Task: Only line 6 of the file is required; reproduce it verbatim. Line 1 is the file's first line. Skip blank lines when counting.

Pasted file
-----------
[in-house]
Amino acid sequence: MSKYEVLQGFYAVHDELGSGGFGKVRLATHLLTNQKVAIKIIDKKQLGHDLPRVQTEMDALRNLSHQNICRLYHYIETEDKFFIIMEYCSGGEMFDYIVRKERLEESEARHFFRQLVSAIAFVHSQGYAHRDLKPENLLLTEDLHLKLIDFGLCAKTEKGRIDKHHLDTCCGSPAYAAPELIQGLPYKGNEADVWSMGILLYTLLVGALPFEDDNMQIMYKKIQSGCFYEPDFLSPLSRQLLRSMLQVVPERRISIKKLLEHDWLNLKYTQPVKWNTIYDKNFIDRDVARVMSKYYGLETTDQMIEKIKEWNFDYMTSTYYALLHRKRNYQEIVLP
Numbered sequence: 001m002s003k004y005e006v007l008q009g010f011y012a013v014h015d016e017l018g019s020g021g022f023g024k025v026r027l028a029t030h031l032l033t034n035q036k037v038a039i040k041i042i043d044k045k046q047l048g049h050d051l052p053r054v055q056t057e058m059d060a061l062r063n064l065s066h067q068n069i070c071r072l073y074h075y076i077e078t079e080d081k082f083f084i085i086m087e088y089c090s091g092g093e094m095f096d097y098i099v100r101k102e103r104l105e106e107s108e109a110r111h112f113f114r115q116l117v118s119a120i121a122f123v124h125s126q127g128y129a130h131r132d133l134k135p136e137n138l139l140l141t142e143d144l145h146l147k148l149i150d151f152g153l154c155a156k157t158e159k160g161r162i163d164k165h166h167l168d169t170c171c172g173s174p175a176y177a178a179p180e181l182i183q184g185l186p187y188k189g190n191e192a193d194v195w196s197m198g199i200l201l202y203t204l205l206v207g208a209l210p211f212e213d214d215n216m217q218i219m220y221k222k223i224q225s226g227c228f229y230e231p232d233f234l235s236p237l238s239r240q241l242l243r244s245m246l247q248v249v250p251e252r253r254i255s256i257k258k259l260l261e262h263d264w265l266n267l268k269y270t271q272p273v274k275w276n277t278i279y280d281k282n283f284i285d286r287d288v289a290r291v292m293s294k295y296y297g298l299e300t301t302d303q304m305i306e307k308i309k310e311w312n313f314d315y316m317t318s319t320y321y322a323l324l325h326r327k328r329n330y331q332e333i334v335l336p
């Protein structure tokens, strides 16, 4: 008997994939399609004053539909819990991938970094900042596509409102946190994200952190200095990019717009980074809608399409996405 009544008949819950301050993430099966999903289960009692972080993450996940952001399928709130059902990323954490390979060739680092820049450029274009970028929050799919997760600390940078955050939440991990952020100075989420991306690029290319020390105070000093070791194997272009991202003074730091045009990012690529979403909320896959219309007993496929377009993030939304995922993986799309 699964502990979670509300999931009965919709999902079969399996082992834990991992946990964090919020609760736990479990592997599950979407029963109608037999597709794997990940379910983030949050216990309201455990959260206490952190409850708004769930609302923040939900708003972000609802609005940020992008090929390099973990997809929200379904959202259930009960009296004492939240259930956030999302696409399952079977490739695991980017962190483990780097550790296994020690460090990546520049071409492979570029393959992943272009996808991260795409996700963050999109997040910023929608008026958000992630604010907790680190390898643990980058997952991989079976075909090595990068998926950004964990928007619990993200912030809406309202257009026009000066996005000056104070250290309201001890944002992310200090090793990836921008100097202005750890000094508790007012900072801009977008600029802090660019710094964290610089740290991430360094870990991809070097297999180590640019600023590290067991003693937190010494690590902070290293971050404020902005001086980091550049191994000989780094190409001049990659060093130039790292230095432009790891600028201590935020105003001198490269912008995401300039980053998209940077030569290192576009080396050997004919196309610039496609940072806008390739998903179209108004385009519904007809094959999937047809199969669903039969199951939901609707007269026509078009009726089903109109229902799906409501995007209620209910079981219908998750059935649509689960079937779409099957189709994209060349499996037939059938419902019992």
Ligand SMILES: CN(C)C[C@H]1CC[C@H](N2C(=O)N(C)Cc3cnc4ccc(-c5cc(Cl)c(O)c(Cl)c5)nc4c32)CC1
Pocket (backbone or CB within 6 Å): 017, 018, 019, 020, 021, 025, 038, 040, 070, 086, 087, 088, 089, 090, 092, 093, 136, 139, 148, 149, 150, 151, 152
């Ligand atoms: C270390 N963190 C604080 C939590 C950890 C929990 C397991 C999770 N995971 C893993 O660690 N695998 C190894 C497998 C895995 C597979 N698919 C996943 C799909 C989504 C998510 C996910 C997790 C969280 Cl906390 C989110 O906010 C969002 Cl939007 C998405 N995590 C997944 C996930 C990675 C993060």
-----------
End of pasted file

Pocket (backbone or CB within 6 Å): 017, 018, 019, 020, 021, 025, 038, 040, 070, 086, 087, 088, 089, 090, 092, 093, 136, 139, 148, 149, 150, 151, 152